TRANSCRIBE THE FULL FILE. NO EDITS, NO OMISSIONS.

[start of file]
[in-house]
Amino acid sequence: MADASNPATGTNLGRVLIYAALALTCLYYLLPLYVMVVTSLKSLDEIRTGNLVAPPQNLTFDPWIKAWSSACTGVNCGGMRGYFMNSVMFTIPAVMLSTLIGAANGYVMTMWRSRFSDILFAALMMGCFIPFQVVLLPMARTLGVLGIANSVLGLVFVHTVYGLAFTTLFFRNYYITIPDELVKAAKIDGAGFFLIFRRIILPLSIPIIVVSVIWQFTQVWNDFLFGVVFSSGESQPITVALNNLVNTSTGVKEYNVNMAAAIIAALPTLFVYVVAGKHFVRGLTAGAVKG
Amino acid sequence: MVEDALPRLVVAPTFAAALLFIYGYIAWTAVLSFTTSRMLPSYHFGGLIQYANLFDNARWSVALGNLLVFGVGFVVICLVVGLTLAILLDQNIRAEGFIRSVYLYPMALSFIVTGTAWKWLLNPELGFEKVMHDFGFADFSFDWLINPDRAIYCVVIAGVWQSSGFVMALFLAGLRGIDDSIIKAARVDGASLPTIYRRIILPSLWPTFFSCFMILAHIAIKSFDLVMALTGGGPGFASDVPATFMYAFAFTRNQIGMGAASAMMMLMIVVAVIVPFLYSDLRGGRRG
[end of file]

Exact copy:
[in-house]
Amino acid sequence: MADASNPATGTNLGRVLIYAALALTCLYYLLPLYVMVVTSLKSLDEIRTGNLVAPPQNLTFDPWIKAWSSACTGVNCGGMRGYFMNSVMFTIPAVMLSTLIGAANGYVMTMWRSRFSDILFAALMMGCFIPFQVVLLPMARTLGVLGIANSVLGLVFVHTVYGLAFTTLFFRNYYITIPDELVKAAKIDGAGFFLIFRRIILPLSIPIIVVSVIWQFTQVWNDFLFGVVFSSGESQPITVALNNLVNTSTGVKEYNVNMAAAIIAALPTLFVYVVAGKHFVRGLTAGAVKG
Amino acid sequence: MVEDALPRLVVAPTFAAALLFIYGYIAWTAVLSFTTSRMLPSYHFGGLIQYANLFDNARWSVALGNLLVFGVGFVVICLVVGLTLAILLDQNIRAEGFIRSVYLYPMALSFIVTGTAWKWLLNPELGFEKVMHDFGFADFSFDWLINPDRAIYCVVIAGVWQSSGFVMALFLAGLRGIDDSIIKAARVDGASLPTIYRRIILPSLWPTFFSCFMILAHIAIKSFDLVMALTGGGPGFASDVPATFMYAFAFTRNQIGMGAASAMMMLMIVVAVIVPFLYSDLRGGRRG